As Mary Tyrone makes clear, his tightfisted ways result, though inadvertently, in her downfall as well, due to a doctor giving her morphine as an easy fix. “But bearing Edmund was the last straw. I was so sick afterwards, and that ignorant quack of a cheap hotel doctor-All he knew was I was in pain. It was easy for him to stop the pain. “(90) Tyrone is also to blame for his wife’s general unhappiness, not just her addiction to morphine. Mary says to Edmund that she has never been happy in the house, because “Everything was done in the cheapest way. Your father would never spend the money to make it right. (45). The subsequent scene has Mary come downstairs (60), in a detached sort of manner.
She complains bitterly to Edmund about Tyrone’s inability to make a real home. He is too stingy to build a real home, with good servants, and so she has suffered all her life. When Tyrone himself comes in, she says in continuation of her previous statements ” I’m sick and tired of pretending this is a home! You won’t help me! “(69). She goes on to say that had he remained a bachelor “Then nothing would have happened. ” This indicates strongly that she blames him too.
Tyrone condemns Mary for her addiction, yet feels no guilt or responsibility for it, taking away any amount of forgiveness readers may have parted with in Tyrone’s favour. The amusing part of this however, is while he condemns his wife for substance abuse, the same thing is his own major vice. Mary tells her husband: ” I would never have married you if I’d known you drank so much” (115). She also launches into a story about their honeymoon, when Tyrone was dragged home intoxicated. It appears that in a fashion similar to that of their father, Jamie and Edmund seem quite partial to alcohol.
In fact, the entire family seems unable to confront reality without chemical assistance. Mary’s words indicate that drinking all day is a common Tyrone family activity: “I know what to expect. You will be drunk tonight. Well, it won’t be the first time, will it i?? or the thousandth? ” (72). The Tyrone men validate their drinking habits with folk wisdom about whiskey’s alleged health benefits: “It’s before a meal and I’ve always found that good whiskey, taken in moderation as an appetizer, is the best of tonics” (68). Alcohol has contributed to Jamie’s failures.
It has hurt Edmund’s health. And it becomes a source of conflict between Jamie and Tyrone, as Jamie consistently steals his father’s whiskey, replacing the amount taken with water, so his father won’t take notice. Regrettably, the alcohol solves no problems, and problems get more intricate as the tongues loosen from the booze. The three men share a drink, but none of the social magic of alcohol seems to work. Tyrone, Edmund and Jamie remain as miserable as ever. The last, most driving element of James Tyrone’s guilt is his status as a failed actor.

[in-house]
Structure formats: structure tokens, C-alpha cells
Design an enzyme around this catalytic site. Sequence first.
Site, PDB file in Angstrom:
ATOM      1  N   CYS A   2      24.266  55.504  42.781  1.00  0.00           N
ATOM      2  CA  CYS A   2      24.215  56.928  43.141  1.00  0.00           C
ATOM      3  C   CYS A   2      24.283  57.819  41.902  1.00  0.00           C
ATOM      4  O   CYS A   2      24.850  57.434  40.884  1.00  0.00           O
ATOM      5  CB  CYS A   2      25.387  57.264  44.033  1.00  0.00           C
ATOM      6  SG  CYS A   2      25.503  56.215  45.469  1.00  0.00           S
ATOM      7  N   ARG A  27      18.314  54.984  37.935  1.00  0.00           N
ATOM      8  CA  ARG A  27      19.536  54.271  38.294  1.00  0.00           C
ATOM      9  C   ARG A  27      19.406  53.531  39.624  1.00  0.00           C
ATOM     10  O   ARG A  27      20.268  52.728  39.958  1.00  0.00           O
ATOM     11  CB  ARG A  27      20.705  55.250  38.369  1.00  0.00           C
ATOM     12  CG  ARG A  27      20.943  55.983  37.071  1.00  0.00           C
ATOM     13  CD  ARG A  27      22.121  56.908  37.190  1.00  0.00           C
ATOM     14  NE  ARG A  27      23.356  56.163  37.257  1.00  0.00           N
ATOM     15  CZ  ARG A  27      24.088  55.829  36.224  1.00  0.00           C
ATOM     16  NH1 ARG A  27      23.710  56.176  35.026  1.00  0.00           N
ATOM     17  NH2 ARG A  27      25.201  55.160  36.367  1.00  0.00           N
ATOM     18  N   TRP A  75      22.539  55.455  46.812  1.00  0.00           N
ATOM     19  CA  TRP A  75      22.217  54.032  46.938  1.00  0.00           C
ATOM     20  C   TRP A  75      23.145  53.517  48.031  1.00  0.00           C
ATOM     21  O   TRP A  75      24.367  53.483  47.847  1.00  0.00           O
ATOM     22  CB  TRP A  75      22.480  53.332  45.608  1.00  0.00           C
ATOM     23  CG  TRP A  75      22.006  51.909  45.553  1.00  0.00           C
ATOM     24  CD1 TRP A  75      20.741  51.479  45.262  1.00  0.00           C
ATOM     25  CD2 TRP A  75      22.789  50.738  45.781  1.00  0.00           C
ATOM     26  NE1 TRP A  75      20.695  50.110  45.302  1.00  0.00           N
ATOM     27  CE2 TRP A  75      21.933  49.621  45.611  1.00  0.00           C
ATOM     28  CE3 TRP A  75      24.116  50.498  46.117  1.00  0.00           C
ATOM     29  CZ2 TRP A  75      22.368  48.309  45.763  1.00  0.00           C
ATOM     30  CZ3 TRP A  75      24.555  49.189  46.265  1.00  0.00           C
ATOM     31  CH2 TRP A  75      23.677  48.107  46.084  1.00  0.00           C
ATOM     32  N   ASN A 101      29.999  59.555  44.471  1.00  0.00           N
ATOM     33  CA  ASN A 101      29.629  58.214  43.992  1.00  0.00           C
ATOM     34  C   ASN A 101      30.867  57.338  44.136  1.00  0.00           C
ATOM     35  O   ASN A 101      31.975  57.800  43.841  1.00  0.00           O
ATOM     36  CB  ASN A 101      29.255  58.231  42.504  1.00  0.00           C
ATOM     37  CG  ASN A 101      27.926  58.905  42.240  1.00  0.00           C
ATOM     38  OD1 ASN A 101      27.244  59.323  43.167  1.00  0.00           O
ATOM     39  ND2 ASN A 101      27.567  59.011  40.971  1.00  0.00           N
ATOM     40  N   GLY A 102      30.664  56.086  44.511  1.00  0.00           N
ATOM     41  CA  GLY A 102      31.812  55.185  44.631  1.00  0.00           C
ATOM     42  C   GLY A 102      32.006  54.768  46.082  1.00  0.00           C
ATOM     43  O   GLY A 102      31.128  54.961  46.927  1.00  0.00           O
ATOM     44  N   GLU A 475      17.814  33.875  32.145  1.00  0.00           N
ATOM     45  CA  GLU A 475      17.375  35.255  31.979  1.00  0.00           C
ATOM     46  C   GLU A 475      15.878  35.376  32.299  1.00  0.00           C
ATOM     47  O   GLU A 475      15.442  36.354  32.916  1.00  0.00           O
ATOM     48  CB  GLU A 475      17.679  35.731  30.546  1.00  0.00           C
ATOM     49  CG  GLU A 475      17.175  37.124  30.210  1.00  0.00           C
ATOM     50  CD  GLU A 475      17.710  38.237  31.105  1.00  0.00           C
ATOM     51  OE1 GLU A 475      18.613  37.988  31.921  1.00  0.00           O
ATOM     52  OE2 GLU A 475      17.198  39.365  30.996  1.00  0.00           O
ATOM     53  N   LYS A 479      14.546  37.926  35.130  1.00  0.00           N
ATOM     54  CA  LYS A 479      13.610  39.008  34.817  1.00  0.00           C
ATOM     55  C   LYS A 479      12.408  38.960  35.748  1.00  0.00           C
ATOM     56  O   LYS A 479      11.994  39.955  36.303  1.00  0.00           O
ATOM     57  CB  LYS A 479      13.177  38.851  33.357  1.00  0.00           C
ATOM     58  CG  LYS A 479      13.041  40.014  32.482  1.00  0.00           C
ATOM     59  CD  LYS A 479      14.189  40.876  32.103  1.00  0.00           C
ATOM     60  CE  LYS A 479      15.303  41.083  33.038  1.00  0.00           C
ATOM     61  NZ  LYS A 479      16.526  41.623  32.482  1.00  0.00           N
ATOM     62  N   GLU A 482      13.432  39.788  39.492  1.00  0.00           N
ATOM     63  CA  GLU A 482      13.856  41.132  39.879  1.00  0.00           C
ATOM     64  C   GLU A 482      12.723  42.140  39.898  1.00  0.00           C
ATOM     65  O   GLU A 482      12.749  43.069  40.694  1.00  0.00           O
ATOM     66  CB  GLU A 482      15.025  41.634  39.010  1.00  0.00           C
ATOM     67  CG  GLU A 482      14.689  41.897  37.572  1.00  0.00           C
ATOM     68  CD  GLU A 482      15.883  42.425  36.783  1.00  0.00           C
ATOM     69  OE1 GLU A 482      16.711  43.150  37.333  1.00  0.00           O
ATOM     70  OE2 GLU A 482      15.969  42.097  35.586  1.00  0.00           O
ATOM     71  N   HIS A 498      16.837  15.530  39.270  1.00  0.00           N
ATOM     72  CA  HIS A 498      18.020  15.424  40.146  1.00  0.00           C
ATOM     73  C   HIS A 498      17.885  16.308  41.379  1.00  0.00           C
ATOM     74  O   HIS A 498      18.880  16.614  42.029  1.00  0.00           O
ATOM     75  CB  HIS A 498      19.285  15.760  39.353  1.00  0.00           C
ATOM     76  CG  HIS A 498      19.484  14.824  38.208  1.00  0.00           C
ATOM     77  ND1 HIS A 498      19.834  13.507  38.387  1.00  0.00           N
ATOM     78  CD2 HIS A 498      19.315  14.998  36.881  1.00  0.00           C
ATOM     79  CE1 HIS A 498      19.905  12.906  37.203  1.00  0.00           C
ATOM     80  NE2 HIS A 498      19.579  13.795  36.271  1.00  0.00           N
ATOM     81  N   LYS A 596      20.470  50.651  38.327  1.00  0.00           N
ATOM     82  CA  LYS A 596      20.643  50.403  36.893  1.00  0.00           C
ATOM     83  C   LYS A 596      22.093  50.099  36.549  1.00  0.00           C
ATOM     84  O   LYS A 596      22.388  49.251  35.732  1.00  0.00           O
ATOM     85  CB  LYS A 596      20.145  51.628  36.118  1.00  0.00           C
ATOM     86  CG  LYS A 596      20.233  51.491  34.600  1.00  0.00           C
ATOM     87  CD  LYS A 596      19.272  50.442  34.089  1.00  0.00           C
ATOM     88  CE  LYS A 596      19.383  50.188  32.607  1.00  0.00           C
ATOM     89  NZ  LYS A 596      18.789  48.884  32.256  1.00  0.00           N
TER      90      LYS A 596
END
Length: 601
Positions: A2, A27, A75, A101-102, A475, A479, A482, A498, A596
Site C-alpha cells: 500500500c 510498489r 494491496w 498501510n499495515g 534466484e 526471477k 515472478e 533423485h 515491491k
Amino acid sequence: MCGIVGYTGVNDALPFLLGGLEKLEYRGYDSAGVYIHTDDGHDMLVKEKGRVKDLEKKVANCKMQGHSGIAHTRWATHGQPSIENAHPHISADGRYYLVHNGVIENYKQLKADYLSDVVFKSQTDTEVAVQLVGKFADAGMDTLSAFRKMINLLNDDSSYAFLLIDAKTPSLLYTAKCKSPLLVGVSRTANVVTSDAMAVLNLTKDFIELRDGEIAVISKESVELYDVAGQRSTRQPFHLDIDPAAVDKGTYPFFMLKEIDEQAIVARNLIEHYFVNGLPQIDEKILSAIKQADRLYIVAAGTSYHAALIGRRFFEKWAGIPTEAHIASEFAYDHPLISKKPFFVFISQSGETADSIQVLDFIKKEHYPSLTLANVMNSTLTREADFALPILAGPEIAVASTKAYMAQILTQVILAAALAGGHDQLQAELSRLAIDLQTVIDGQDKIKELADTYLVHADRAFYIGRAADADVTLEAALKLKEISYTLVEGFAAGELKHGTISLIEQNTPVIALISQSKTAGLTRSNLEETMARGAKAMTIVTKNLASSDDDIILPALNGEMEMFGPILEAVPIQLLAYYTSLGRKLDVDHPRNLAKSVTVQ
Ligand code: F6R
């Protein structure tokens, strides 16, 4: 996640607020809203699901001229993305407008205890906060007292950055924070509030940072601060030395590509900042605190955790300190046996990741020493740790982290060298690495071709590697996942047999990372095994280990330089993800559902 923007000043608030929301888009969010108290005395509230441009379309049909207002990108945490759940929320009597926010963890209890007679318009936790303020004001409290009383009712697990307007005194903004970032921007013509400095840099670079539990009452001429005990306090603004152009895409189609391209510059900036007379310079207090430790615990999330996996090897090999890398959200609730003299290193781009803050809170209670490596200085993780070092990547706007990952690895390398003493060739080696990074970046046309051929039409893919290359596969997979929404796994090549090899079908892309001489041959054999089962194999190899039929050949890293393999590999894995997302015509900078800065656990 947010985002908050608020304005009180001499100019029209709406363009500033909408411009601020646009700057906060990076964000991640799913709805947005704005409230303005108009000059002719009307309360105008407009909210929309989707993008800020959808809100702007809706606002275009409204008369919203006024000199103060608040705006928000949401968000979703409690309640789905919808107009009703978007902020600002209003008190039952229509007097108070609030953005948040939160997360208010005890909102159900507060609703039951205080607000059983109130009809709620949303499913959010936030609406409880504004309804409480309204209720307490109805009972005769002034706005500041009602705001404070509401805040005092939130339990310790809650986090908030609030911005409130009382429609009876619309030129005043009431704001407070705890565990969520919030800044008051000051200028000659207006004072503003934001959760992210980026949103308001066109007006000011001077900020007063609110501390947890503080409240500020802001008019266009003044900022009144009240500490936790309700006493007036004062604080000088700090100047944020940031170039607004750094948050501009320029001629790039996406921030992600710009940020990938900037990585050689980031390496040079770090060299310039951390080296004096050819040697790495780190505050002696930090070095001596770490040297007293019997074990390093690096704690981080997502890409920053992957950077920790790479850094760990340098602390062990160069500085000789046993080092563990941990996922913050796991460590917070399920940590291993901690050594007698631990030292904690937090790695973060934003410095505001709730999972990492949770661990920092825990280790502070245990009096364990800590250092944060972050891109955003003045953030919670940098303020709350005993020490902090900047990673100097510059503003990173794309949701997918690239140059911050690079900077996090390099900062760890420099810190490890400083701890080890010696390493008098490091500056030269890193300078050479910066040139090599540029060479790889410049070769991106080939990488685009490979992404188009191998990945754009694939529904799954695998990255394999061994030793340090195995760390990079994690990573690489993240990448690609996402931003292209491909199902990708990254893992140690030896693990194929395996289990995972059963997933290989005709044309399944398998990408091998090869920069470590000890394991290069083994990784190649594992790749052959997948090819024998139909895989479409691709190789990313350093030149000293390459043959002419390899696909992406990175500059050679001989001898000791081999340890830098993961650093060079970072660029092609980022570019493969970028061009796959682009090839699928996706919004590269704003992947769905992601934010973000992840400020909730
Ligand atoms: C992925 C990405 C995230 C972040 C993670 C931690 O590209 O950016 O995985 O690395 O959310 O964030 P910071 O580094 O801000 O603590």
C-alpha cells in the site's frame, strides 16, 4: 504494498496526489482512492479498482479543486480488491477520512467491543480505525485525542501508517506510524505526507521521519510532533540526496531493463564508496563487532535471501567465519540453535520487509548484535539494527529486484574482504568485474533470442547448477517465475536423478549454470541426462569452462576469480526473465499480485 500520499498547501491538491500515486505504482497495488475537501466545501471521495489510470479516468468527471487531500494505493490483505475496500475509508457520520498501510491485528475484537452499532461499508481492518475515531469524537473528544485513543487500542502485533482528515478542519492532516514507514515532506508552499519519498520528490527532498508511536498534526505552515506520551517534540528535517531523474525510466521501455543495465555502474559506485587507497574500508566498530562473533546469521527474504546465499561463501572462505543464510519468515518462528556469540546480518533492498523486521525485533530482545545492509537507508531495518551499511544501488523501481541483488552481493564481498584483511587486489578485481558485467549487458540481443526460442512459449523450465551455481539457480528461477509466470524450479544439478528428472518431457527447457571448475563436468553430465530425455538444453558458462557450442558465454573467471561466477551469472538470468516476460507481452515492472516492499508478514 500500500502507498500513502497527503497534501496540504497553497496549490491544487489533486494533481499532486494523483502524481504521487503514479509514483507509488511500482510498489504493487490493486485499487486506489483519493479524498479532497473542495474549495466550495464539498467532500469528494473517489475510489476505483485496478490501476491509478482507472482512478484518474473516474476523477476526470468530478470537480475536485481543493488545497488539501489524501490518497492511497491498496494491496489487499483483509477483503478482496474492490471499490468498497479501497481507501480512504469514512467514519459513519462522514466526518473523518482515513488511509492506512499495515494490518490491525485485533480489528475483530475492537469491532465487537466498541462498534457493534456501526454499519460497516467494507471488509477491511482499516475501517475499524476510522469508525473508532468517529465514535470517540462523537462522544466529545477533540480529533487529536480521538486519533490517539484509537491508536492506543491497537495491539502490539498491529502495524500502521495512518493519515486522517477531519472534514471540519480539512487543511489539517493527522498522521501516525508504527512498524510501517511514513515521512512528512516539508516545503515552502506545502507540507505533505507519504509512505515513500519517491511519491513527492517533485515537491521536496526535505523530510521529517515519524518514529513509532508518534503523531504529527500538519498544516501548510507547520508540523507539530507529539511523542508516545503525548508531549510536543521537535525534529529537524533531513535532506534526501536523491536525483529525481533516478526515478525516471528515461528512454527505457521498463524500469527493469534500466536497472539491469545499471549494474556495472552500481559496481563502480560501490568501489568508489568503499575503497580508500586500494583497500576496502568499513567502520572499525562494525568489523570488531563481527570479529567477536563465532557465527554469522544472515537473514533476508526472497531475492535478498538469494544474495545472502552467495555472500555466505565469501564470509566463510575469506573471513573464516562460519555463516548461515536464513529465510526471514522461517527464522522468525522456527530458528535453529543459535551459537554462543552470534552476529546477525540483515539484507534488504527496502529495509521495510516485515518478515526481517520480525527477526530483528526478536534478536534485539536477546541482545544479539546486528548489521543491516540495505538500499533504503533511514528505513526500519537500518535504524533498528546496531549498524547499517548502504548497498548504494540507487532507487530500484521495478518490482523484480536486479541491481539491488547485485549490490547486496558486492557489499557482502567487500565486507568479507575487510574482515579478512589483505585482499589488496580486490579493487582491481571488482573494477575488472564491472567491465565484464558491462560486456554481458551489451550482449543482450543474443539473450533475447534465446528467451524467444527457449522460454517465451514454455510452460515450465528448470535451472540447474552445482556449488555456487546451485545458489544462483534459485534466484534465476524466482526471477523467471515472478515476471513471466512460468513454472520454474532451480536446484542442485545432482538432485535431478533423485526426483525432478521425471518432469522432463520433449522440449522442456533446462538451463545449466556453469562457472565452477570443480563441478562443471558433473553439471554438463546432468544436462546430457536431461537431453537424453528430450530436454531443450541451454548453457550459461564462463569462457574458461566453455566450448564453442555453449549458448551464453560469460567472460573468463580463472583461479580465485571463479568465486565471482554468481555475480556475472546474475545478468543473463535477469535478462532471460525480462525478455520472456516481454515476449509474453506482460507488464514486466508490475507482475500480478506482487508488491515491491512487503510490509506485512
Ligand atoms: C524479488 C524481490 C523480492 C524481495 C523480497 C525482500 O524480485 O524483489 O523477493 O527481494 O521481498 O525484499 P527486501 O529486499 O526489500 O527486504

In act four of the play, James Tyrone relates something to his youngest son that he has never told anyone before. He explains that since his father left the family when he was ten, he grew up to be miserly. Thus he was quick to give up artistic fulfillment in exchange for financial security, ruining his career as ” one of the three or four young actors with the greatest artistic promise in America”(153). James Tyrone now muses that he doesn’t even know what it was he had wanted to buy. It appears that James has never forgiven himself for this, and therefore inflicts it on his family and neighbours.
Mary says in regards to the neighbours: “they bowed to your father and he bowed back as if he were taking a curtain call”(44). Jamie relates that Tyrone puts on an act for everybody (57). Tyrone begins to quote a play almost as tragic as his own family life, but his son, obviously well versed in his father’s repertoire of chastisements from King Lear, finishes the sentence before his father can continue, with ” ‘to have a thankless child’. I know”(92). His sons also immediately think in terms of tragedy when referring to their father, quoting Othello in reference to James’s snoring: ” ‘The Moor, I know his trumpet'”(21).
It appears that Tyrone turns his own life into a tragedy, like the ones he once portrayed so well upon the stage, switching affections and emotions like he would have to between scenes, although his family isn’t as accepting of this as Edwin Booth and the critics obviously were. But why bother to deal with the question of fault? After all, the characters themselves claim not to care about it, such as in act two, scene two, when James Tyrone tries to blame Edmund’s consumptive state on Mary’s side of the family. Jamie cries out against blame: “Who gives a damn about that part of it! ”